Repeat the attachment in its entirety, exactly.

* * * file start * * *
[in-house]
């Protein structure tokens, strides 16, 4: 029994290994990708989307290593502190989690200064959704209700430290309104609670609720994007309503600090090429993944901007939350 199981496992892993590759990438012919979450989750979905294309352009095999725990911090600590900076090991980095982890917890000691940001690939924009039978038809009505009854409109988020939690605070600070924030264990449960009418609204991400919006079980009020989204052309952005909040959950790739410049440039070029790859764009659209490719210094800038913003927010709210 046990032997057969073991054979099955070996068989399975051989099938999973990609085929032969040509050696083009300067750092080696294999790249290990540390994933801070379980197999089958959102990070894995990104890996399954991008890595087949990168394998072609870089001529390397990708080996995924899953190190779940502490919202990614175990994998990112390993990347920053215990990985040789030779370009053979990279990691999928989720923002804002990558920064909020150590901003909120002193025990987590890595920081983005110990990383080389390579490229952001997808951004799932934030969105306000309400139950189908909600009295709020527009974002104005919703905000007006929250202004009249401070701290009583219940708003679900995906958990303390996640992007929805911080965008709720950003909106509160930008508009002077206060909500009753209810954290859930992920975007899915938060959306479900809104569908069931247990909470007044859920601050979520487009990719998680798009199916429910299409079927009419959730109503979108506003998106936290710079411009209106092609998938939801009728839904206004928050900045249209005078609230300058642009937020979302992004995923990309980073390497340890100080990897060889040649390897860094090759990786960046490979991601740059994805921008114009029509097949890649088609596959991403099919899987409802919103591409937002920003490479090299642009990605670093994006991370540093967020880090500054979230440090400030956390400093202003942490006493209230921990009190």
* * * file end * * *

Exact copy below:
[in-house]
């Protein structure tokens, strides 16, 4: 029994290994990708989307290593502190989690200064959704209700430290309104609670609720994007309503600090090429993944901007939350 199981496992892993590759990438012919979450989750979905294309352009095999725990911090600590900076090991980095982890917890000691940001690939924009039978038809009505009854409109988020939690605070600070924030264990449960009418609204991400919006079980009020989204052309952005909040959950790739410049440039070029790859764009659209490719210094800038913003927010709210 046990032997057969073991054979099955070996068989399975051989099938999973990609085929032969040509050696083009300067750092080696294999790249290990540390994933801070379980197999089958959102990070894995990104890996399954991008890595087949990168394998072609870089001529390397990708080996995924899953190190779940502490919202990614175990994998990112390993990347920053215990990985040789030779370009053979990279990691999928989720923002804002990558920064909020150590901003909120002193025990987590890595920081983005110990990383080389390579490229952001997808951004799932934030969105306000309400139950189908909600009295709020527009974002104005919703905000007006929250202004009249401070701290009583219940708003679900995906958990303390996640992007929805911080965008709720950003909106509160930008508009002077206060909500009753209810954290859930992920975007899915938060959306479900809104569908069931247990909470007044859920601050979520487009990719998680798009199916429910299409079927009419959730109503979108506003998106936290710079411009209106092609998938939801009728839904206004928050900045249209005078609230300058642009937020979302992004995923990309980073390497340890100080990897060889040649390897860094090759990786960046490979991601740059994805921008114009029509097949890649088609596959991403099919899987409802919103591409937002920003490479090299642009990605670093994006991370540093967020880090500054979230440090400030956390400093202003942490006493209230921990009190």